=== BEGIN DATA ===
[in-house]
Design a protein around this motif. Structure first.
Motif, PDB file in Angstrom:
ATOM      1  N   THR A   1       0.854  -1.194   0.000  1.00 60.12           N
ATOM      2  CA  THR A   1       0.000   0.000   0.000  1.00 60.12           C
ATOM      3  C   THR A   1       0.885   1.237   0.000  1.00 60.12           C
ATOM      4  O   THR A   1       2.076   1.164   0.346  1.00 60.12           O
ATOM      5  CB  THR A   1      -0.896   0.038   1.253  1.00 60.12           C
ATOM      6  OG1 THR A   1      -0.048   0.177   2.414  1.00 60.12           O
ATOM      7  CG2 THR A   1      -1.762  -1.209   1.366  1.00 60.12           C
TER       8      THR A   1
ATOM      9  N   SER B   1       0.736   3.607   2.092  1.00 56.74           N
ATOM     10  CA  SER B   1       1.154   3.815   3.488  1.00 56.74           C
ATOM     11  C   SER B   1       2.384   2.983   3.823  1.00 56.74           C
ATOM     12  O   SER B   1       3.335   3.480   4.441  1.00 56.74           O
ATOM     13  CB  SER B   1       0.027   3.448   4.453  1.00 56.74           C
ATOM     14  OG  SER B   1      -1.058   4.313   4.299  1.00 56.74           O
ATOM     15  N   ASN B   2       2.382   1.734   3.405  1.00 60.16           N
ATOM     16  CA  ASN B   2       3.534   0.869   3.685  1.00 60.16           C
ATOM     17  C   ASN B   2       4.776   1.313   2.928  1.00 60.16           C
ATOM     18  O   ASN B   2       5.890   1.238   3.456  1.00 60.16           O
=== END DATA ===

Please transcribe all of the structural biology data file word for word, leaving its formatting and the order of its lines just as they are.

[in-house]
Design a protein around this motif. Structure first.
Motif, PDB file in Angstrom:
ATOM      1  N   THR A   1       0.854  -1.194   0.000  1.00 60.12           N
ATOM      2  CA  THR A   1       0.000   0.000   0.000  1.00 60.12           C
ATOM      3  C   THR A   1       0.885   1.237   0.000  1.00 60.12           C
ATOM      4  O   THR A   1       2.076   1.164   0.346  1.00 60.12           O
ATOM      5  CB  THR A   1      -0.896   0.038   1.253  1.00 60.12           C
ATOM      6  OG1 THR A   1      -0.048   0.177   2.414  1.00 60.12           O
ATOM      7  CG2 THR A   1      -1.762  -1.209   1.366  1.00 60.12           C
TER       8      THR A   1
ATOM      9  N   SER B   1       0.736   3.607   2.092  1.00 56.74           N
ATOM     10  CA  SER B   1       1.154   3.815   3.488  1.00 56.74           C
ATOM     11  C   SER B   1       2.384   2.983   3.823  1.00 56.74           C
ATOM     12  O   SER B   1       3.335   3.480   4.441  1.00 56.74           O
ATOM     13  CB  SER B   1       0.027   3.448   4.453  1.00 56.74           C
ATOM     14  OG  SER B   1      -1.058   4.313   4.299  1.00 56.74           O
ATOM     15  N   ASN B   2       2.382   1.734   3.405  1.00 60.16           N
ATOM     16  CA  ASN B   2       3.534   0.869   3.685  1.00 60.16           C
ATOM     17  C   ASN B   2       4.776   1.313   2.928  1.00 60.16           C
ATOM     18  O   ASN B   2       5.890   1.238   3.456  1.00 60.16           O